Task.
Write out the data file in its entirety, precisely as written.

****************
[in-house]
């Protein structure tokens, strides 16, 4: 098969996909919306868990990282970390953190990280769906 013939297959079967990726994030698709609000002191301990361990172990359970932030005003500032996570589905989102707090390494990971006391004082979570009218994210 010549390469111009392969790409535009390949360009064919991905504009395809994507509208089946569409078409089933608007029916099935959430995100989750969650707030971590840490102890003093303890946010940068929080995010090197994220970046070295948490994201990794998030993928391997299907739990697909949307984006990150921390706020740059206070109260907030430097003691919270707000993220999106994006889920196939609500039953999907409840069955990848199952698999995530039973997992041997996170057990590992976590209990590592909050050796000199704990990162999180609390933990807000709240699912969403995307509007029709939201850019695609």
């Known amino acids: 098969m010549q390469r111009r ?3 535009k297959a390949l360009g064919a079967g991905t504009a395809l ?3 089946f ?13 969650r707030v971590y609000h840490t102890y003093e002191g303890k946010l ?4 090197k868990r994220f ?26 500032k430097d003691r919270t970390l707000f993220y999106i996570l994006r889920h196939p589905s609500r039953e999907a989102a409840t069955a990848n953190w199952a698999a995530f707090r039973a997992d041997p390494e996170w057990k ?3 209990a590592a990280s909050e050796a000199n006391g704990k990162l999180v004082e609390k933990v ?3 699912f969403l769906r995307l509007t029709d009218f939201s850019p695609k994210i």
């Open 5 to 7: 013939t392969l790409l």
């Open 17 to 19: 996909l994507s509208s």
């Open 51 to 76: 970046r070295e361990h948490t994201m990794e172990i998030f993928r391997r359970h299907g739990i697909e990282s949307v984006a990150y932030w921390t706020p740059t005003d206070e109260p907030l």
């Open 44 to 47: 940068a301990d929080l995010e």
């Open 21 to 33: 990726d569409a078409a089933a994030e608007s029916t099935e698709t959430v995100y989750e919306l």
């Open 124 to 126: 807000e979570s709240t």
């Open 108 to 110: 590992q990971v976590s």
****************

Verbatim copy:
[in-house]
């Protein structure tokens, strides 16, 4: 098969996909919306868990990282970390953190990280769906 013939297959079967990726994030698709609000002191301990361990172990359970932030005003500032996570589905989102707090390494990971006391004082979570009218994210 010549390469111009392969790409535009390949360009064919991905504009395809994507509208089946569409078409089933608007029916099935959430995100989750969650707030971590840490102890003093303890946010940068929080995010090197994220970046070295948490994201990794998030993928391997299907739990697909949307984006990150921390706020740059206070109260907030430097003691919270707000993220999106994006889920196939609500039953999907409840069955990848199952698999995530039973997992041997996170057990590992976590209990590592909050050796000199704990990162999180609390933990807000709240699912969403995307509007029709939201850019695609």
């Known amino acids: 098969m010549q390469r111009r ?3 535009k297959a390949l360009g064919a079967g991905t504009a395809l ?3 089946f ?13 969650r707030v971590y609000h840490t102890y003093e002191g303890k946010l ?4 090197k868990r994220f ?26 500032k430097d003691r919270t970390l707000f993220y999106i996570l994006r889920h196939p589905s609500r039953e999907a989102a409840t069955a990848n953190w199952a698999a995530f707090r039973a997992d041997p390494e996170w057990k ?3 209990a590592a990280s909050e050796a000199n006391g704990k990162l999180v004082e609390k933990v ?3 699912f969403l769906r995307l509007t029709d009218f939201s850019p695609k994210i």
């Open 5 to 7: 013939t392969l790409l």
């Open 17 to 19: 996909l994507s509208s």
């Open 51 to 76: 970046r070295e361990h948490t994201m990794e172990i998030f993928r391997r359970h299907g739990i697909e990282s949307v984006a990150y932030w921390t706020p740059t005003d206070e109260p907030l």
């Open 44 to 47: 940068a301990d929080l995010e």
């Open 21 to 33: 990726d569409a078409a089933a994030e608007s029916t099935e698709t959430v995100y989750e919306l």
């Open 124 to 126: 807000e979570s709240t």
């Open 108 to 110: 590992q990971v976590s």